Coming off a tough home loss to the Steelers last Sunday, the Bengals head to Baltimore for another titanic divisional clash with another monster in the 6-3 Ravens. After surprising the league with a 6-2 first half, the Bengals are now hurled head first into the teeth of the toughest part of their schedule. Two tilts with the defending AFC Champion Steelers sandwich divisional games at Baltimore and versus Cleveland. For the Bengals to maintain any hope of the divisional crown or even a wildcard berth, they need to make it through this four game stretch at 2-2 or better. With last week’s close loss to Pittsburgh, the Bengals need to go 2-1 over the next 3 weeks to achieve that goal.
So for now the focus is on Baltimore. The Ravens are extremely talented and are coming off an ugly loss to Seattle last week. They’ll be at home and they’ll be hungry to win, and as desperate as the Bengals. Both teams need the victory to keep pace with Pittsburgh.
Unfortunately the Bengals enter the lion’s den without some key players.
On defense, the Bengals will be without starting CB Leon Hall. Hall’s injury has placed him on injured reserve—out for the season. Hall’s presence in the defensive secondary will be missed. On the bright side, DE Carlos Dunlap (fast becoming a star) will be back. On offense, it gets more disconcerting. Early indications are that the Bengals will be without rookie superstar WR A.J. Green. Green, who is still recovering from a knee bruise suffered last Sunday, did not participate fully Thursday, and is listed as a game time decision. This puts the team’s already mediocre offense at a disadvantage in facing Baltimore’s always stingy D.
To address this problem, the Bengals should consider the talent they do have, and the consistency of the options available to them. That being the case, I offer a humble suggestion to offensive coordinator Jay Gruden: Take a look at some Patriots game film.
Not the entire offense, mind you—that would be impossible—just the plays that involve multiple tight end sets and feature Wes Welker in the slot. New England has the second-ranked offense in the league, and much of their success can be directly attributed to the work of Wes Welker, Aaron Hernandez and Rob Gronkowski.
Tom Brady is happy with the results. “The skill set of both those players really allows us to be flexible, “Brady said. ”Not only are they good blockers, but they can catch the ball, too. You can run it behind them, you can play-action pass and then they’ve become pretty efficient in the passing game also, just to spread them out and be able to run them on different run combinations. They’re very good players.”
With their two talented tight ends on the field together with the diminutive Welker, the Patriots have found plenty of success both running and passing. Welker, usually running out of the slot, is leading the league with 72 receptions. Welker’s role in Cincinnati would be played by Andrew Hawkins, who is roughly the same size as Welker, has excellent hands, great speed, and is very shifty as a runner. Hawkins has already been compared to Welker, and with good reason. Hawkins has been absolutely electric every time he’s stepped onto the field. He clearly deserves more playing time. Lining him up in the slot on 3rd downs, the Bengals may find more success with him there instead of Andre Caldwell.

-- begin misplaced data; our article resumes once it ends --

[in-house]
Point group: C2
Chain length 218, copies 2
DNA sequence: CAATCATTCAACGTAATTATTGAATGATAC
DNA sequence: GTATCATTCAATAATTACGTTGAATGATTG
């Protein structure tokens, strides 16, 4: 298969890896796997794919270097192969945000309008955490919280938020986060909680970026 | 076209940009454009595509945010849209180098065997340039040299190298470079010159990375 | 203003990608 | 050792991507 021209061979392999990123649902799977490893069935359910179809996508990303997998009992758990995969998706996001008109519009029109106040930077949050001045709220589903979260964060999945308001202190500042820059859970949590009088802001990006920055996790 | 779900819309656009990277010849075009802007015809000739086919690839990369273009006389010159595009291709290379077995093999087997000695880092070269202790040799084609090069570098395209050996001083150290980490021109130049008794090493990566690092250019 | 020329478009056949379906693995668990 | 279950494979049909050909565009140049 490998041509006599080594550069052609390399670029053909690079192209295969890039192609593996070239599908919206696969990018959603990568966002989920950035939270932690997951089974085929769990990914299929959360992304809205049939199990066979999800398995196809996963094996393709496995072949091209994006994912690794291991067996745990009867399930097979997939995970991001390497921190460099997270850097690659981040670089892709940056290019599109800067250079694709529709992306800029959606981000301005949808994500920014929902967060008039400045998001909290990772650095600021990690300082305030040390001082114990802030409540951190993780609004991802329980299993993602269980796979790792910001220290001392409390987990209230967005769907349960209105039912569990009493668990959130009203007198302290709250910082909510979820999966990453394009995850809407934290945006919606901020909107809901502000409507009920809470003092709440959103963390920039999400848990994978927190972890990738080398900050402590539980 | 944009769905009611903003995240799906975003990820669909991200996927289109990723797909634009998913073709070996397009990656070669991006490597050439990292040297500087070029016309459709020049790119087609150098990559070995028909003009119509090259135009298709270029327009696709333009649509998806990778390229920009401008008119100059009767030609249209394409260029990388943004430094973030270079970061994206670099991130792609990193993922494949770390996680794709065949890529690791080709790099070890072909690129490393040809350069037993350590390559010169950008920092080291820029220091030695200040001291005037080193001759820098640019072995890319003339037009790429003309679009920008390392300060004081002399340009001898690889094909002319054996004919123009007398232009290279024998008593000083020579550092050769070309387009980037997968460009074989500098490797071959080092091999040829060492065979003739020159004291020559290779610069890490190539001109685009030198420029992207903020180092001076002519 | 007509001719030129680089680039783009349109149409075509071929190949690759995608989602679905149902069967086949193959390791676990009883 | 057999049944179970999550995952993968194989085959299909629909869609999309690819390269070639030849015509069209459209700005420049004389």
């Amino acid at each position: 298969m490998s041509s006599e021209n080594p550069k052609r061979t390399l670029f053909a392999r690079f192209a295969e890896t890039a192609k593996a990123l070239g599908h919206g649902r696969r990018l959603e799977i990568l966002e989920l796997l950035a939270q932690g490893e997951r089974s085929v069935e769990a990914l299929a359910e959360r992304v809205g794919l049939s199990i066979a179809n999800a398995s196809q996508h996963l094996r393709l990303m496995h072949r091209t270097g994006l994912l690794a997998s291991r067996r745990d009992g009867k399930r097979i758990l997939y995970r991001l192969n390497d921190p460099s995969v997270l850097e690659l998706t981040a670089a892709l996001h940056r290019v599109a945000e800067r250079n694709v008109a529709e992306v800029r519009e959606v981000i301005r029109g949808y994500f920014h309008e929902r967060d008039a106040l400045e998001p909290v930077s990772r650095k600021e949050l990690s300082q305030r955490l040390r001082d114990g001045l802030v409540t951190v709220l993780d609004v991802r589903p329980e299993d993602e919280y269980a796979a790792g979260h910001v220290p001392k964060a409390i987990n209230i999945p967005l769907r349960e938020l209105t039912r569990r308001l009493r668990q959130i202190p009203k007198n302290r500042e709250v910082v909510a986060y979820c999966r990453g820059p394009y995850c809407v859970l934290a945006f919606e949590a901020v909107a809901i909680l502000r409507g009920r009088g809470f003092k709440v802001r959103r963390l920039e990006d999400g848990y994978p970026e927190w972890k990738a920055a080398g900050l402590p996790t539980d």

Caldwell can then shift to the outside, where he’s stated he’s more comfortable and more productive. Simpson and Caldwell work the outside, while the Bengals talented tight ends, Jermaine Gresham, Donald Lee, and Colin Cochart are proving week after week that they can play be a productive NFL unit.
Welker isn’t the only Patriot having productive years. Gronkowski is 9t in the league in receptions, and WR Deon Branch and Hernandez give the Patriots 4 players in the top 70. Even the running game benefits from these formations. BenJarvis Green-Ellis is only 32nd in the league in rushing yards, but he’s averaging a robust 4.0 yards per carry.
If the Bengals must face the Ravens without their premiere stud wide receiver, they would be wise to have a more dynamic game plan than simply moving Caldwell outside. The fact is that neither Caldwell nor Simpson has shown any consistency thus far. Putting the primary receiver responsibilities on them is a recipe for disaster. For the Bengals to come away with a win Sunday, they should exploit the match-up problems they could obtain through a heavy tight-end and slot passing game. This will allow Andy Dalton to have faster reads, it should help Cedric Benson and Bernard Scott in the run game, and it should make the Bengals less predictable, particularly on early downs. These formations should also allow Jay Gruden to dial up more screen plays. Gruden is far fonder of screen plays than Bob Bratkowski ever was, and I personally love it. Imagine the different options for the screen game that can be envisioned with Hawkins, Gresham and Cochart on the field together.
The Bengals are clearly better served by having A.J. Green on the field Sunday. However, they shouldn’t (and won’t) rush him back into action unless the knee is 100%. Thus, Gruden and Marvin Lewis are faced with the dilemma of how to generate offense with the remaining moveable parts. Gruden has proven already in his short coordinator career that he has the ability to put players where they make the most sense, and tailoring the offense around those strengths. In my mind, looking at more 2 tight end sets with Hawkins in the slot will give the Bengals a more versatile, less predictable game plan, and will allow the team to exploit the talents of Andrew Hawkins, the tight ends, and wide receivers better.
Just my 2 cents…